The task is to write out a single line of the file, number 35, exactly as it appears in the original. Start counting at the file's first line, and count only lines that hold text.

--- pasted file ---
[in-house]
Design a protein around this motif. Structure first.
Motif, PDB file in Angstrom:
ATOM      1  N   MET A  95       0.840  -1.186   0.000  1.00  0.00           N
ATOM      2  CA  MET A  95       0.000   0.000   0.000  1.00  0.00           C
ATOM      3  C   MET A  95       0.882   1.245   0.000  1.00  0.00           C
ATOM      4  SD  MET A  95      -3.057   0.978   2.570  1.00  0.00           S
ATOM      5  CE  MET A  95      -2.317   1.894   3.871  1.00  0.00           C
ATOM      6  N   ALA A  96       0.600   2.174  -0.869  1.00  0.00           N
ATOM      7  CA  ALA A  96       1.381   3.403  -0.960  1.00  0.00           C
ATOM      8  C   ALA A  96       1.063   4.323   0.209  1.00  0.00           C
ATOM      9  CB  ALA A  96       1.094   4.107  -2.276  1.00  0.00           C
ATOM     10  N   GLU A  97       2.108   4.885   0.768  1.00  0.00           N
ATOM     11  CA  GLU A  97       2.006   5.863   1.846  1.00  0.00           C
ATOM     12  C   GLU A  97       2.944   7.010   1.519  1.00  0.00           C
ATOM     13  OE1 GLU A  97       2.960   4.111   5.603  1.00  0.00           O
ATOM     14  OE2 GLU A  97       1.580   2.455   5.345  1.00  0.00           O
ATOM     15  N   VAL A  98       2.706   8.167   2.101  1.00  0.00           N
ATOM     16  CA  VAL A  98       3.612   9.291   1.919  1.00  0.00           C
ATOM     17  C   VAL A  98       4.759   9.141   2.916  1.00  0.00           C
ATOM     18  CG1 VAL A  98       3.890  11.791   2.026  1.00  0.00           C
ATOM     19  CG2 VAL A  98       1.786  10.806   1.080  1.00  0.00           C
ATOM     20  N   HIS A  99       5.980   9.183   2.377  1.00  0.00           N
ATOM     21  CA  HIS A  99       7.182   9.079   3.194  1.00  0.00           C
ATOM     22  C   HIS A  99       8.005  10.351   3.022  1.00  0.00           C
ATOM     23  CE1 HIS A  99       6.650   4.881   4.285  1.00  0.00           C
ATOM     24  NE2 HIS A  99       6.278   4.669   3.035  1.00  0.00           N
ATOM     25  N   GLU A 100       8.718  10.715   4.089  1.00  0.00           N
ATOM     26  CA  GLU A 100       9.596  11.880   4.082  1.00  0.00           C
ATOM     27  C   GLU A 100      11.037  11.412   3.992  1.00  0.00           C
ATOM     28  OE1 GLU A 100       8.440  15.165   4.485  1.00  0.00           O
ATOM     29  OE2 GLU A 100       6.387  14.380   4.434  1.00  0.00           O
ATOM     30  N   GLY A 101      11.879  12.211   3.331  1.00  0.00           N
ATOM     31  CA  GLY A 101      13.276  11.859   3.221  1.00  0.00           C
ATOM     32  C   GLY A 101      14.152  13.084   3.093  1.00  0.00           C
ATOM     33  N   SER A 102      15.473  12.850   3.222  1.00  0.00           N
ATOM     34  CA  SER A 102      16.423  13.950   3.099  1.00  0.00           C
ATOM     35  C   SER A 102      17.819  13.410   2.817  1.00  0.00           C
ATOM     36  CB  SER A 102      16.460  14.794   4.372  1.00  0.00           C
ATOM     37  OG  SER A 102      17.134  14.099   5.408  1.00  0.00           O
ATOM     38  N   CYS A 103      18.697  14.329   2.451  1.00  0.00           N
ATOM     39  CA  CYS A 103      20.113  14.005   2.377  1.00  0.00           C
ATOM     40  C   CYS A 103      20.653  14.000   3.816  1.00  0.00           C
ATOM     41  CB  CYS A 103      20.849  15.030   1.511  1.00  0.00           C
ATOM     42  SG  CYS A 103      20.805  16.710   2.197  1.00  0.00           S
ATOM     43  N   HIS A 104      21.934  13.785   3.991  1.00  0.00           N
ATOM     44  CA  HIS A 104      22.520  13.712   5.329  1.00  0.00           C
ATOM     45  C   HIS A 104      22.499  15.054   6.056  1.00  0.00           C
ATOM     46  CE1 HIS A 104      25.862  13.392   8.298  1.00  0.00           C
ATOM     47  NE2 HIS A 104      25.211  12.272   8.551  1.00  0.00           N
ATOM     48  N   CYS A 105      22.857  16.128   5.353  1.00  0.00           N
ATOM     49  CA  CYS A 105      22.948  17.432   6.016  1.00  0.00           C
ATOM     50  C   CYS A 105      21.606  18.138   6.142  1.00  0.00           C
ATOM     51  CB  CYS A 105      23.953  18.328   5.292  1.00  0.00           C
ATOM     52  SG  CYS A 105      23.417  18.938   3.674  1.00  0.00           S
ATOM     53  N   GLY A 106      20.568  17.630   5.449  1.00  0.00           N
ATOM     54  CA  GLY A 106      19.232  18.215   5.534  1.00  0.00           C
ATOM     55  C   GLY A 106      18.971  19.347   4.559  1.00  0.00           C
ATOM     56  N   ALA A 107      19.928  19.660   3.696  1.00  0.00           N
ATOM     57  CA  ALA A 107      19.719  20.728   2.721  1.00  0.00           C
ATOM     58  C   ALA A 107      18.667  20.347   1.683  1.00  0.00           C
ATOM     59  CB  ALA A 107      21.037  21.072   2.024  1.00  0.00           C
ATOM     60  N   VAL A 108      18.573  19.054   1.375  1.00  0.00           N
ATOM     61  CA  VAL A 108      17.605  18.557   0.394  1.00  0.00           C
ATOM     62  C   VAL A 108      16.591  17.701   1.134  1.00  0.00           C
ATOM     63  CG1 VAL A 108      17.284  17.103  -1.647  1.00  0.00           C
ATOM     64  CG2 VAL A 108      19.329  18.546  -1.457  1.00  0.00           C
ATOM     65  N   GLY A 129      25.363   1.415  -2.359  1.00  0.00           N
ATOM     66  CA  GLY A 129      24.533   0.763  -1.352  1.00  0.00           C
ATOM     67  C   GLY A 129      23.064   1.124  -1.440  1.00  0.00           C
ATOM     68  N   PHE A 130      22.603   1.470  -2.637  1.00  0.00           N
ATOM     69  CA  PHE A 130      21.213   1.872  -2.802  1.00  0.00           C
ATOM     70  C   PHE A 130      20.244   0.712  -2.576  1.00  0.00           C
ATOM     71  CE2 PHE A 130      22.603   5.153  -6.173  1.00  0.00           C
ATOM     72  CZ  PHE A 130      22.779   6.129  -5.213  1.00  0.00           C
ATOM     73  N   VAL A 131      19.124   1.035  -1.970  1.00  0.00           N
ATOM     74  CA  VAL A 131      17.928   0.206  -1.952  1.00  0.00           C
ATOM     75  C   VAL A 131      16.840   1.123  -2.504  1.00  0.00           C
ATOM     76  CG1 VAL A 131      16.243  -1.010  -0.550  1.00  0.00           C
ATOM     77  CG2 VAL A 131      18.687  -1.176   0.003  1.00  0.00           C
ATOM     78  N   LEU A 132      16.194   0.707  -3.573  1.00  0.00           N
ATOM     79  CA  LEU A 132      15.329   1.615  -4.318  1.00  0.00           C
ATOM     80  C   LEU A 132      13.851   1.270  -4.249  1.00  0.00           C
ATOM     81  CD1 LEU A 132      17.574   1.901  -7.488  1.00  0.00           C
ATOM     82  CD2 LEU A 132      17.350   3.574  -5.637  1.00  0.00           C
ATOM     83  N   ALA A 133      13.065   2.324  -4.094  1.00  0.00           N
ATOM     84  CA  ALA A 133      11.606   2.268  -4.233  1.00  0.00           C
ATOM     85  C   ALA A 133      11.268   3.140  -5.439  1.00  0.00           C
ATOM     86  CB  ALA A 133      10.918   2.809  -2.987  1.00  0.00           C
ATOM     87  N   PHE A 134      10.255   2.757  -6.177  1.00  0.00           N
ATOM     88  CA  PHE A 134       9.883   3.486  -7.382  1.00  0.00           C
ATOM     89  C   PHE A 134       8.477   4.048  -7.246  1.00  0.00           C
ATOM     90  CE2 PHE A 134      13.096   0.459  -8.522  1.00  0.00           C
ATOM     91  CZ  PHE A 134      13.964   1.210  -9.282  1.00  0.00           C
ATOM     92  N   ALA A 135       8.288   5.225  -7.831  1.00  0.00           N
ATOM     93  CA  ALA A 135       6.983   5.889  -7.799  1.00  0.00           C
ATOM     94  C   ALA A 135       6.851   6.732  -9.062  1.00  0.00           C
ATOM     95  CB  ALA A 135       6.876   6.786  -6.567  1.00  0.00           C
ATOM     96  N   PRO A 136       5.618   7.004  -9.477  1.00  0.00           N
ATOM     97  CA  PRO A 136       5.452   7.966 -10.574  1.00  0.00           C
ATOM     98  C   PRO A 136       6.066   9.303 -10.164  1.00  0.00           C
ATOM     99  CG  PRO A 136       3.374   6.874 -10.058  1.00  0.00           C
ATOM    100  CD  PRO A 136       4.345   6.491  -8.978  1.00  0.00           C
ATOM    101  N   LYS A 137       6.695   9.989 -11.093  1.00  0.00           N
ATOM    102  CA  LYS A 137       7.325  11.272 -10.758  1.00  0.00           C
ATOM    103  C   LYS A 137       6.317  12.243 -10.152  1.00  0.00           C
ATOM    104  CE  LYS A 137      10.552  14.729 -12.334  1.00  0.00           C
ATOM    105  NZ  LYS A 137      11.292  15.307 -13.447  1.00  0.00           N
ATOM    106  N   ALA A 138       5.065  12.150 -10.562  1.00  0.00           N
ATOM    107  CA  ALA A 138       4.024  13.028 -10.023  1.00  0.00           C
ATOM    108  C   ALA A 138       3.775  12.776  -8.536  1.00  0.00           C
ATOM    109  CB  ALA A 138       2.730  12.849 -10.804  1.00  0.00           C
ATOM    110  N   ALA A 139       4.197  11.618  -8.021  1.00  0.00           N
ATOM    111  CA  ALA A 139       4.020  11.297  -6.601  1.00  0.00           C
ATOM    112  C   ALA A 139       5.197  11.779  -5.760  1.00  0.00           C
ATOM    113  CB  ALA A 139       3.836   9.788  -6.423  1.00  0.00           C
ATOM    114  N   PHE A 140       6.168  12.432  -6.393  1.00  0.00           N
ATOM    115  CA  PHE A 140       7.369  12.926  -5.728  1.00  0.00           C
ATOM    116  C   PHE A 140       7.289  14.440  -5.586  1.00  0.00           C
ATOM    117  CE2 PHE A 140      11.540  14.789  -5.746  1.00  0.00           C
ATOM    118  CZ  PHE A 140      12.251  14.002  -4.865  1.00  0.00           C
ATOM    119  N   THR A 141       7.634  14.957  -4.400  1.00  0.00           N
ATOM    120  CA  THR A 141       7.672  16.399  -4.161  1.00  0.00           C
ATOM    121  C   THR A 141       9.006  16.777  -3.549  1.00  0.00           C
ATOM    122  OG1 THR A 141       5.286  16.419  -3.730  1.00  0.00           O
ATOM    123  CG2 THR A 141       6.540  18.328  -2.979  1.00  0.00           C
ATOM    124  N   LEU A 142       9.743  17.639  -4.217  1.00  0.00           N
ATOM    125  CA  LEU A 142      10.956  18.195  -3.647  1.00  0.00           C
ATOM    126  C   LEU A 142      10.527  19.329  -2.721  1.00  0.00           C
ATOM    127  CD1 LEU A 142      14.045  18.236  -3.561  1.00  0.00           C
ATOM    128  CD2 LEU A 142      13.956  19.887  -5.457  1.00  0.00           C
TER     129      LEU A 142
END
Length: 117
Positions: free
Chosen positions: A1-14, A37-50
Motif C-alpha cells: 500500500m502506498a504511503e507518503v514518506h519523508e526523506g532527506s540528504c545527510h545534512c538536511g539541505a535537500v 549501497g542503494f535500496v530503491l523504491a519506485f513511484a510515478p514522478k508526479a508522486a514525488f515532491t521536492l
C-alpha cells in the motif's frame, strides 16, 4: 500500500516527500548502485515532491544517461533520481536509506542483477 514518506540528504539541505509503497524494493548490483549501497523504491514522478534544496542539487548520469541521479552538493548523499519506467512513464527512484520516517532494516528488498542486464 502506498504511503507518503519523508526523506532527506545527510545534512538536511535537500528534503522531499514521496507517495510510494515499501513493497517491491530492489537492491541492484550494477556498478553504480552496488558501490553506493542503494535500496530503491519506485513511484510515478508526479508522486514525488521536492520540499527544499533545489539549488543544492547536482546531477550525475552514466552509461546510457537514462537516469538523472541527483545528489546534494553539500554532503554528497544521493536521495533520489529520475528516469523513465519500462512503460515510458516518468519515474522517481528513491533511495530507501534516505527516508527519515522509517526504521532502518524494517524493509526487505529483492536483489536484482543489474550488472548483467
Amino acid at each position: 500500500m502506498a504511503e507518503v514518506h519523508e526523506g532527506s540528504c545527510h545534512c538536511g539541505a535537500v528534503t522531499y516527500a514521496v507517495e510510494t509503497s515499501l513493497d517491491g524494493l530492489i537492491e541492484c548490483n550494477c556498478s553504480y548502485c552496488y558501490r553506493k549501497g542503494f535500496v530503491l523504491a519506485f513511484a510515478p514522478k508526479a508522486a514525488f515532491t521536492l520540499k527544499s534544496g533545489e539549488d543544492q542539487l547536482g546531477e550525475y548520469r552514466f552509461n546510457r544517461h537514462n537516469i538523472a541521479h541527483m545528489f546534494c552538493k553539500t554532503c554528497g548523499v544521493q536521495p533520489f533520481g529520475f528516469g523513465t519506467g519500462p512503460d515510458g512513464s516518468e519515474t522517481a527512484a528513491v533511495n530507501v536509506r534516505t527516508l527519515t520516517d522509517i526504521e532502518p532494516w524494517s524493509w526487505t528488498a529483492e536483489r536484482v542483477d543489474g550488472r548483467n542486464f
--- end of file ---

ATOM     32  C   GLY A 101      14.152  13.084   3.093  1.00  0.00           C